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    Lobular Carcinoma in Situ

    Overview
    Causes
    Symptoms
    Risk Factors
    Prevention
    Diagnosis
    Treatment
    Where to Seek Treatment

    Contributed by:
    SingHealth Duke-NUS Breast Centre



    Overview

    Lobular carcinoma in situ (LCIS) is caused by abnormal cells forming within the milk glands (lobules) in the breast. It is most common in women between the ages of 40 and 50. LCIS is not a cancer but it does increase the risk of developing breast cancer.

    Causes

    There are no known causes.

    Symptoms

    LCIS by itself does not usually cause symptoms but it is usually diagnosed after a biopsy is done for some other reason. In more than 50 percent of cases, LCIS may be multifocal, that is multiple lobules may have areas of abnormal cell growth.

    Risk Factors

    Risk factors include:

    • A family history of breast cancer
    • Taking hormonal replacement therapy (HRT) for menopause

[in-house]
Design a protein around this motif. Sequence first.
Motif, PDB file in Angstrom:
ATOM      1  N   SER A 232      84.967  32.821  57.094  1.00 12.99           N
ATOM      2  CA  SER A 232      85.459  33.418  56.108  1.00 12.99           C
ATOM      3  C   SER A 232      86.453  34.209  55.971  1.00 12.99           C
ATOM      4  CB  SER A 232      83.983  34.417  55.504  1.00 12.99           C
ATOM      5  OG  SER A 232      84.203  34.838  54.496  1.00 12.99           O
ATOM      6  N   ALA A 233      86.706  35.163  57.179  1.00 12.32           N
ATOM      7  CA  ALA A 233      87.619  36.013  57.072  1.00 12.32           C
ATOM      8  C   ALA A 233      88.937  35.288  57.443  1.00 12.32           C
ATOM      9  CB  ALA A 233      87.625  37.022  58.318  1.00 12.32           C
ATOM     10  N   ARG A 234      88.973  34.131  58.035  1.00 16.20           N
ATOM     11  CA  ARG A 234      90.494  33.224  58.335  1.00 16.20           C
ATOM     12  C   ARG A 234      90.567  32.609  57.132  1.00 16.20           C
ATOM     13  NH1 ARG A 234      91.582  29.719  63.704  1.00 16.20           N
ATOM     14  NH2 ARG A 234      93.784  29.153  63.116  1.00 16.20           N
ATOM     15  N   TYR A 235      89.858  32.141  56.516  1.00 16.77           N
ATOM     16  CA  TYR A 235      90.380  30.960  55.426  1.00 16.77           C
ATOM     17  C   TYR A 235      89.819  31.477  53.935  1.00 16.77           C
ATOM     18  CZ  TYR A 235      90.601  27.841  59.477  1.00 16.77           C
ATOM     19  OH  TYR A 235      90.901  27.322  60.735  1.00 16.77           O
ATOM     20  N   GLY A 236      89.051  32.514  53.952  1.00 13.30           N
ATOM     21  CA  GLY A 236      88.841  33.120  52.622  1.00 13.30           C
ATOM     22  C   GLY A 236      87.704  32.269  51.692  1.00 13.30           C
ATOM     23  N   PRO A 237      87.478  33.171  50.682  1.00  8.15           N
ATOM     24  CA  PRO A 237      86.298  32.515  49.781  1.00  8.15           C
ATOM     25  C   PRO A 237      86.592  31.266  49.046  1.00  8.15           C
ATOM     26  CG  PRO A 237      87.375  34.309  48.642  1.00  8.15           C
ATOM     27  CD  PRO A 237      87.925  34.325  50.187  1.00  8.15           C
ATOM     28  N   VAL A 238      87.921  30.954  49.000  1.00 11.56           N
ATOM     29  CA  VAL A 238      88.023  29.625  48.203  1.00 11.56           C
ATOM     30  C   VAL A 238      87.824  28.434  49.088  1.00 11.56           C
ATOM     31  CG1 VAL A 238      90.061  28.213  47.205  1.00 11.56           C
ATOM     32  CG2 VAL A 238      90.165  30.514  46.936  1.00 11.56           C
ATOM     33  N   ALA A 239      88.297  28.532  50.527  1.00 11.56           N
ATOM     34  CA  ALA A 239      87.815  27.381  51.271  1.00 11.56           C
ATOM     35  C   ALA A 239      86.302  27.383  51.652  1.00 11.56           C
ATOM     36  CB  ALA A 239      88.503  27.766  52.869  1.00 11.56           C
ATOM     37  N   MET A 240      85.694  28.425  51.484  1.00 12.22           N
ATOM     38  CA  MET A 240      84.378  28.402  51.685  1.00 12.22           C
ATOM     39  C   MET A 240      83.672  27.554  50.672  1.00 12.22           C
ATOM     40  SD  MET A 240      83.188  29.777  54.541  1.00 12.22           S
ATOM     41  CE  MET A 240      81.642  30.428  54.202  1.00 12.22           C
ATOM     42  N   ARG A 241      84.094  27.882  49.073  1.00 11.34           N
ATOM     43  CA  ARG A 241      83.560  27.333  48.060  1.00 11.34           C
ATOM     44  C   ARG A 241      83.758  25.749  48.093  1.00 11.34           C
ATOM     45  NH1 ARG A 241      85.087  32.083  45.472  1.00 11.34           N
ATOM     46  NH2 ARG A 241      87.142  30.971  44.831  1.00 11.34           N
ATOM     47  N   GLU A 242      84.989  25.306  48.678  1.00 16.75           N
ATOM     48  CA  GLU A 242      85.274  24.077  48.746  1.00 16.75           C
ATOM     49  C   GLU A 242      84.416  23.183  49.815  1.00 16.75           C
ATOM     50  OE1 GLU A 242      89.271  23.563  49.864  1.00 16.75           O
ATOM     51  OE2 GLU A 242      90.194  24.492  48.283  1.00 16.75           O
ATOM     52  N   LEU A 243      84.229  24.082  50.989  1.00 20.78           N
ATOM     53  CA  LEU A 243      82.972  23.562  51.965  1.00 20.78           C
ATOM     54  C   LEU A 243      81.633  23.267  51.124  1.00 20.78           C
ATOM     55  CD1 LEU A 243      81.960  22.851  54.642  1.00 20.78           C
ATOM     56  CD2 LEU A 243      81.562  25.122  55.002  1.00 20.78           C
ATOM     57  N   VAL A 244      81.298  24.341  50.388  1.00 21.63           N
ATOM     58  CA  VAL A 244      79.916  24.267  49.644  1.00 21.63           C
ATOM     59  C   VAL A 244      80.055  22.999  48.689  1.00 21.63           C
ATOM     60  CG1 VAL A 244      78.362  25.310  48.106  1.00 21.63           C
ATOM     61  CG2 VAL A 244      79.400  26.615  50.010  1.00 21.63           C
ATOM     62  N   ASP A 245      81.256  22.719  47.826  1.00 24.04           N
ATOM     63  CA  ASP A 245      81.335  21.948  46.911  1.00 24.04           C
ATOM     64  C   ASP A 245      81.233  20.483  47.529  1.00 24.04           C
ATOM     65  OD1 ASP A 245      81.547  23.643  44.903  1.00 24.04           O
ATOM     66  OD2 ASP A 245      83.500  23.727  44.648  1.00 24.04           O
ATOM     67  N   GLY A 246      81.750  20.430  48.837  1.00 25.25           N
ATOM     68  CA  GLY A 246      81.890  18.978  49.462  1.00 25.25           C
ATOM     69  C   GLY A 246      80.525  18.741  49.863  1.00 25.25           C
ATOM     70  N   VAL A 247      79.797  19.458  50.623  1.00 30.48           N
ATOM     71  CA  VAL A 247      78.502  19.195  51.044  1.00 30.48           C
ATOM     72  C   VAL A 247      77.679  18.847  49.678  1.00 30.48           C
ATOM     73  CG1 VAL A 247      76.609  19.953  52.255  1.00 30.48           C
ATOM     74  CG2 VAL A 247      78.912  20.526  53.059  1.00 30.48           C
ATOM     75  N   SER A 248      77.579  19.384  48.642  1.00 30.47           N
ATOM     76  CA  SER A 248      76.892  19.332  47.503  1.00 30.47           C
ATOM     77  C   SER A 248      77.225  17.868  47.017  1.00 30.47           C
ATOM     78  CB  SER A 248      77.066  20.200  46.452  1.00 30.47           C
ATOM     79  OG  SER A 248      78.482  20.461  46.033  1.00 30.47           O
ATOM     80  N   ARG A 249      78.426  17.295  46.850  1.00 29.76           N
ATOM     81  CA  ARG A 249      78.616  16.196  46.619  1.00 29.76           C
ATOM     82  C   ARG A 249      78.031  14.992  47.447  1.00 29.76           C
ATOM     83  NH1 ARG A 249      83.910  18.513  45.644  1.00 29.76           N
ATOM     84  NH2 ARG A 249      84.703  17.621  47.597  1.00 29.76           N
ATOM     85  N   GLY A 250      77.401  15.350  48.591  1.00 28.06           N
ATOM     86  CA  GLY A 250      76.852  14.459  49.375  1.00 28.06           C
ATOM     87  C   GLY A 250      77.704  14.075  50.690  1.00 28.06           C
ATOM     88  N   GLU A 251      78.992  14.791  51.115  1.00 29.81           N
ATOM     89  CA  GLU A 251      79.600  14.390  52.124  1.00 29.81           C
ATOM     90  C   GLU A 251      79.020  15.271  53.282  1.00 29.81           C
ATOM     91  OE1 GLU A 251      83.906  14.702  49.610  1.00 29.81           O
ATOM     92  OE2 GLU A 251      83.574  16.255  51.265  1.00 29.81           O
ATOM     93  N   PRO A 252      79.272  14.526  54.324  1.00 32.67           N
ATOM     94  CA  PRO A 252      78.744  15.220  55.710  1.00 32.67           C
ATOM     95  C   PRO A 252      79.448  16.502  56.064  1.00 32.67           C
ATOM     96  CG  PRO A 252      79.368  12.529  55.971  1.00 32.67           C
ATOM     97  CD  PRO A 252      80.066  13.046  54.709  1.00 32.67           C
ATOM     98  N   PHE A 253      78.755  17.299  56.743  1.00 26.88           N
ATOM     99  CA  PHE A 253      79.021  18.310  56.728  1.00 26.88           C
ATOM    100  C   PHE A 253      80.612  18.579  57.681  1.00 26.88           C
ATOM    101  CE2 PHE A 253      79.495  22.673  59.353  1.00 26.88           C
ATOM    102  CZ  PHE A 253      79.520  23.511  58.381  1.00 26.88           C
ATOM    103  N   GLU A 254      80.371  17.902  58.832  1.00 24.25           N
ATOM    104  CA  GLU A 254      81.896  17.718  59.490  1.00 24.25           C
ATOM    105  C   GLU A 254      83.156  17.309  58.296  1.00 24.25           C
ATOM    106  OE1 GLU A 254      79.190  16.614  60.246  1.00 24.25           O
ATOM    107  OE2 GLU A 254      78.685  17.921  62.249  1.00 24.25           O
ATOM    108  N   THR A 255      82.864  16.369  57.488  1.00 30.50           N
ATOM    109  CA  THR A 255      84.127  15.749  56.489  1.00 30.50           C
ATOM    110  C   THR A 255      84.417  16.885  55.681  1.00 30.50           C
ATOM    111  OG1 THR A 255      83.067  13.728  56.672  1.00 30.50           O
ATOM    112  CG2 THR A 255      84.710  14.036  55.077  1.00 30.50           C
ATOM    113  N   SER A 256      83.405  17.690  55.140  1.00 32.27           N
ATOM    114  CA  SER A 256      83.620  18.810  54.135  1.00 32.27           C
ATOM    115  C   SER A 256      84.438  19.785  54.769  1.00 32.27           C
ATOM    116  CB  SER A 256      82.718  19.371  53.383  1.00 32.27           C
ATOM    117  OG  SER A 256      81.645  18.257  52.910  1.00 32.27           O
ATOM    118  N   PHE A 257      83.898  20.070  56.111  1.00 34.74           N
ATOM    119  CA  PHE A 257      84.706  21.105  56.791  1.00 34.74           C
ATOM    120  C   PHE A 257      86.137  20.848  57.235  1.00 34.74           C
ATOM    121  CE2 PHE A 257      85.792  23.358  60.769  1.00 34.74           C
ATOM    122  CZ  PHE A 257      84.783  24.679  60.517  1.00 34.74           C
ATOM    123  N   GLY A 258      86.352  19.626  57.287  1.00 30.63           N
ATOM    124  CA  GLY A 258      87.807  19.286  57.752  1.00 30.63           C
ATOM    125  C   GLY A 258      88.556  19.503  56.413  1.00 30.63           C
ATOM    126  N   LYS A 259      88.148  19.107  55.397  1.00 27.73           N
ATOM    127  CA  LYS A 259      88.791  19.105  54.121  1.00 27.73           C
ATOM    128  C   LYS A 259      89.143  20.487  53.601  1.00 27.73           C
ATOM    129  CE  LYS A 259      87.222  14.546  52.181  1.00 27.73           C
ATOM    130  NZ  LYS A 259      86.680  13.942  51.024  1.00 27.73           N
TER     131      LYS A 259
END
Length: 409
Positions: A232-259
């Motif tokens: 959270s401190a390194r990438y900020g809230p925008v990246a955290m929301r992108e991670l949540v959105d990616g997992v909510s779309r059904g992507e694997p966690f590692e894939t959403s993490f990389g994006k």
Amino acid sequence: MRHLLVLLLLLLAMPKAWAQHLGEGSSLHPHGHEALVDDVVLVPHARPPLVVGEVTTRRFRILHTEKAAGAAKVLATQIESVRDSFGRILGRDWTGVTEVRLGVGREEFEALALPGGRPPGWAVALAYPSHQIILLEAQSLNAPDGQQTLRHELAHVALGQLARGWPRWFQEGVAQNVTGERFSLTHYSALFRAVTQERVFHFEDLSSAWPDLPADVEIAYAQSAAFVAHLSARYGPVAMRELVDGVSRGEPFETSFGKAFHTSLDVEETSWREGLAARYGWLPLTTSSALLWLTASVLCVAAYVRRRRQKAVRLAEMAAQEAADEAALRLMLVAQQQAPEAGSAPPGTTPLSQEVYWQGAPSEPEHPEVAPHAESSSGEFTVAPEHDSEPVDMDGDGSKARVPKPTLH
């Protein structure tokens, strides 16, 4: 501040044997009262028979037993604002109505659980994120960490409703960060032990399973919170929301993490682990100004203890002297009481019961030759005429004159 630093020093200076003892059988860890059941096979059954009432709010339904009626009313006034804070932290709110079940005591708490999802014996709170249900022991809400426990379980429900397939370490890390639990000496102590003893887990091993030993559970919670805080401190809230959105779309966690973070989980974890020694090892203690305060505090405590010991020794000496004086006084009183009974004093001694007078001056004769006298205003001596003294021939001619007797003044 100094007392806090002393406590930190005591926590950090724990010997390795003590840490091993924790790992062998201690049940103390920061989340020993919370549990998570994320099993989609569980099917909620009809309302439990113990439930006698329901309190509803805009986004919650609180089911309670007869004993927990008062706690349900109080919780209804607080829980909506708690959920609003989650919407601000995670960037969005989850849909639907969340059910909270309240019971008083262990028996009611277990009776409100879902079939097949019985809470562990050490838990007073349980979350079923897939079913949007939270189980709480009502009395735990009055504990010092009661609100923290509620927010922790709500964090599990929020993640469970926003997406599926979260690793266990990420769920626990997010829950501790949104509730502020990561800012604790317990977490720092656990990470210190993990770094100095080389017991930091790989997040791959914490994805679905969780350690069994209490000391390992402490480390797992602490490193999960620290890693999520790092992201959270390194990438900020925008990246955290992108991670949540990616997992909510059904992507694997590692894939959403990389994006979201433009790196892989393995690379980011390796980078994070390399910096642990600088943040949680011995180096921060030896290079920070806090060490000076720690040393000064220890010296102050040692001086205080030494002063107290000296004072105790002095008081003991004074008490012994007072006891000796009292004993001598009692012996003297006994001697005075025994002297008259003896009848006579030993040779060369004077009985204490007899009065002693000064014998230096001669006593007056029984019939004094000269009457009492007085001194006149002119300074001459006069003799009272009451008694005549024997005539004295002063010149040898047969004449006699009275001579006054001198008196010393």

Diagnosis

    LCIS is commonly an incidental finding on biopsy of the breast for another reason.

    Treatment

    Management of LCIS includes:

    • Close observation e.g. clinical breast examinations, annual mammograms or MRI of the breasts.
    • Chemoprevention, which is taking medication to reduce the risk of cancer. These drugs may include Tamoxifen or Raloxifene for 5 years.
    • Surgery, where preventive or prophylactic mastectomy may be considered if there is a high risk based on a strong family history of breast cancer or if there is a BRCA gene mutation.

    Cancer Risk
    There is an increase of 20 percent cancer risk over 15 years at the point of diagnosis.

    Where to Seek Treatment

    Specialist services available at the SingHealth Duke-NUS Breast Centre located at:

    National Cancer Centre Singapore Tel: 6436 8088
    Singapore General Hospital Tel: 6321 4377
    Changi General Hospital Tel: 6850 3333
    Sengkang General Hospital Tel : 6930 6000
    KK Women's and Children's Hospital Tel: 6294 4050

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